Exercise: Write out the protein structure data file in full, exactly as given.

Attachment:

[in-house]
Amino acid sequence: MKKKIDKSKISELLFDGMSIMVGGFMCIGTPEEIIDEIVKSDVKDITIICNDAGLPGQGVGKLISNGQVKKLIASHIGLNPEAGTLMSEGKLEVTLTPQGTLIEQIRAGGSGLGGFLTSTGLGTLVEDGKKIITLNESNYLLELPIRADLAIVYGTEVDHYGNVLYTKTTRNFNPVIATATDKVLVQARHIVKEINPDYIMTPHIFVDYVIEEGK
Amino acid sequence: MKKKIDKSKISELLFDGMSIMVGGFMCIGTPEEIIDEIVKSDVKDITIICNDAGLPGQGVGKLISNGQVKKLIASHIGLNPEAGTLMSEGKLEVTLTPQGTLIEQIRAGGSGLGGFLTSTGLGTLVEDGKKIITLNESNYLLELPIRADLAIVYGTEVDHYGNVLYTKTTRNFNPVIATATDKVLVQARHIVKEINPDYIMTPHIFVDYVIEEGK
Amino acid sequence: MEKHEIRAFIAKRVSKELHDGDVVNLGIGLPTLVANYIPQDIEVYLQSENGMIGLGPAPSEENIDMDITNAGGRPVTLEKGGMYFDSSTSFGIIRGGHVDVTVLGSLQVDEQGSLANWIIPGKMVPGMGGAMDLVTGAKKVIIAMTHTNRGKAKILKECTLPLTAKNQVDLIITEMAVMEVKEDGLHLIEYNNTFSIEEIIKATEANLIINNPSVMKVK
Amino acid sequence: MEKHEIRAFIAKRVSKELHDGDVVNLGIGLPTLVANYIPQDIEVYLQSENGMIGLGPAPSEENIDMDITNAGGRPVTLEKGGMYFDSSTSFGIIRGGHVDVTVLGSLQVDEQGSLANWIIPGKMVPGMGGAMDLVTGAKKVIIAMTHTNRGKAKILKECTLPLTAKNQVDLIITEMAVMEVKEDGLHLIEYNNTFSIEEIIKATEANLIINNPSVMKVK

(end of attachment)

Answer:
[in-house]
Amino acid sequence: MKKKIDKSKISELLFDGMSIMVGGFMCIGTPEEIIDEIVKSDVKDITIICNDAGLPGQGVGKLISNGQVKKLIASHIGLNPEAGTLMSEGKLEVTLTPQGTLIEQIRAGGSGLGGFLTSTGLGTLVEDGKKIITLNESNYLLELPIRADLAIVYGTEVDHYGNVLYTKTTRNFNPVIATATDKVLVQARHIVKEINPDYIMTPHIFVDYVIEEGK
Amino acid sequence: MKKKIDKSKISELLFDGMSIMVGGFMCIGTPEEIIDEIVKSDVKDITIICNDAGLPGQGVGKLISNGQVKKLIASHIGLNPEAGTLMSEGKLEVTLTPQGTLIEQIRAGGSGLGGFLTSTGLGTLVEDGKKIITLNESNYLLELPIRADLAIVYGTEVDHYGNVLYTKTTRNFNPVIATATDKVLVQARHIVKEINPDYIMTPHIFVDYVIEEGK
Amino acid sequence: MEKHEIRAFIAKRVSKELHDGDVVNLGIGLPTLVANYIPQDIEVYLQSENGMIGLGPAPSEENIDMDITNAGGRPVTLEKGGMYFDSSTSFGIIRGGHVDVTVLGSLQVDEQGSLANWIIPGKMVPGMGGAMDLVTGAKKVIIAMTHTNRGKAKILKECTLPLTAKNQVDLIITEMAVMEVKEDGLHLIEYNNTFSIEEIIKATEANLIINNPSVMKVK
Amino acid sequence: MEKHEIRAFIAKRVSKELHDGDVVNLGIGLPTLVANYIPQDIEVYLQSENGMIGLGPAPSEENIDMDITNAGGRPVTLEKGGMYFDSSTSFGIIRGGHVDVTVLGSLQVDEQGSLANWIIPGKMVPGMGGAMDLVTGAKKVIIAMTHTNRGKAKILKECTLPLTAKNQVDLIITEMAVMEVKEDGLHLIEYNNTFSIEEIIKATEANLIINNPSVMKVK